“Use this time at home to take inventory of your possessions — and to re-evaluate your relationship with them. Cultivate an awareness of what you have. On a practical level, this will prevent overbuying things, but I hope it will also bring a renewed appreciation for all that you do have.”
MORE IDEAS FROM Getting Rid of Stuff
Spring cleaning is a thoughtful, slow process to declutter where we slowly consider each knick-knack and decide what to do with those old tee shirts, magazines, refrigerator finds, and stuff lying around the house.
There is a much faster process, where we take a big bag and fill it with things that simply annoy us. This Annoying Bag would digest the stuff we don’t know what to do with, or simply don’t like now.
Victorians lived in houses that were overflowing with artsy items and other kinds of things. So clutter is not entirely an American notion, but modern Americans cultivate its presence in ways that set them apart.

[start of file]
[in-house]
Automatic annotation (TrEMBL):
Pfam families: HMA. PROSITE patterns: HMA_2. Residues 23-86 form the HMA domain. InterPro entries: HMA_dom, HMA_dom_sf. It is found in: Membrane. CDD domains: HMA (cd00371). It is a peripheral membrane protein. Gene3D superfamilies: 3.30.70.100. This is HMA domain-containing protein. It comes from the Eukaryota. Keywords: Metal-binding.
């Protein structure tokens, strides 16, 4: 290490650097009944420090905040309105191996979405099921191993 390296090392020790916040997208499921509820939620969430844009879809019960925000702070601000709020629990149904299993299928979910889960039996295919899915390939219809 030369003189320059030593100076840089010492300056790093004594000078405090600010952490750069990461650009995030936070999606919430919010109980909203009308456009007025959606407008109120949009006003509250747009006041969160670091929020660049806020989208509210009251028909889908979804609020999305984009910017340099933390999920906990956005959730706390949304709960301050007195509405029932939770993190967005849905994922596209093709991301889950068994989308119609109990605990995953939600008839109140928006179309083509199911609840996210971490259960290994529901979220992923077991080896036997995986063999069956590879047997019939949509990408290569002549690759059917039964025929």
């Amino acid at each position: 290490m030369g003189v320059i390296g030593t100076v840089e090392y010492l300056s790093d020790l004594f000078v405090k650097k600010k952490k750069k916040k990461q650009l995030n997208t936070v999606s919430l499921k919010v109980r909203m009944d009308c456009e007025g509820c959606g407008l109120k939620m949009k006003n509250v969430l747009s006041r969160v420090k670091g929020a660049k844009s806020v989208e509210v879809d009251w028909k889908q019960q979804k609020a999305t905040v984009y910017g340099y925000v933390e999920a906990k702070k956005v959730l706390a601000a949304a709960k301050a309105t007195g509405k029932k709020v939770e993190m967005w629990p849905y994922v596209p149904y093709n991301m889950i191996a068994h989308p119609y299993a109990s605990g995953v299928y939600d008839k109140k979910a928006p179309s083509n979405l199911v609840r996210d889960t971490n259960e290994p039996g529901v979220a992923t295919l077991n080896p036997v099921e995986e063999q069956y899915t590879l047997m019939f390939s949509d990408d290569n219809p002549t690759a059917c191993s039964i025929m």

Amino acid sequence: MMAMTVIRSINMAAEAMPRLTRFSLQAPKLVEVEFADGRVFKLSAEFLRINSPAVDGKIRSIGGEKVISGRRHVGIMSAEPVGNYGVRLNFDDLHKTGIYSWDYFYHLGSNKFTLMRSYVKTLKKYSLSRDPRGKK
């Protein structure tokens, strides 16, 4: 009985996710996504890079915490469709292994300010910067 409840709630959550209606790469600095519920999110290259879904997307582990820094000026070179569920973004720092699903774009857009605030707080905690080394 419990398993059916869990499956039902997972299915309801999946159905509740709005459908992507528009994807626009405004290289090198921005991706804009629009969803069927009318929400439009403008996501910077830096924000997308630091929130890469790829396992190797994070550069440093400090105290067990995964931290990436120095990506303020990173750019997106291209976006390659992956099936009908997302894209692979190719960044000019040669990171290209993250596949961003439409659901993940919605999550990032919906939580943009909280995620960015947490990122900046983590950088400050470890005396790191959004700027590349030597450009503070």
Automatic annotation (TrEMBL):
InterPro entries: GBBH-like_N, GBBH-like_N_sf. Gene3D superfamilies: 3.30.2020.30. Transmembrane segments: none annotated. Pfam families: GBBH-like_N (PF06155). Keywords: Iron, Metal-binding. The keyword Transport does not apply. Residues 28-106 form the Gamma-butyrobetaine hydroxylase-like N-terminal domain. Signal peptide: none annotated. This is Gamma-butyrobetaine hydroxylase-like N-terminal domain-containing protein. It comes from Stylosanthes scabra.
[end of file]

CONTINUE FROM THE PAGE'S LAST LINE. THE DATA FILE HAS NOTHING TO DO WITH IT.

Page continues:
Yes, past generations used to accumulate a lot of material things, but the process would take over a lifetime and they would value it.
We don't have to live with clutter. We also don't have to live with limited personal items. There is a middle ground: put everything in its place.
When your stuff doesn't have a place, it feels juke junk because you approach it like junk, eventually throwing it out like junk. All it needs is to be put in its place.
The pandemic has changed the way we look at the world. It renewed a love of indoor glamour and outdoor spaces. It also changed the way we relate to our homes.
Homes have become multifunctional. For some, that meant clearing away the extras, but for others, that meant surrounding themselves with beautiful things that make them feel safe and comfortable.
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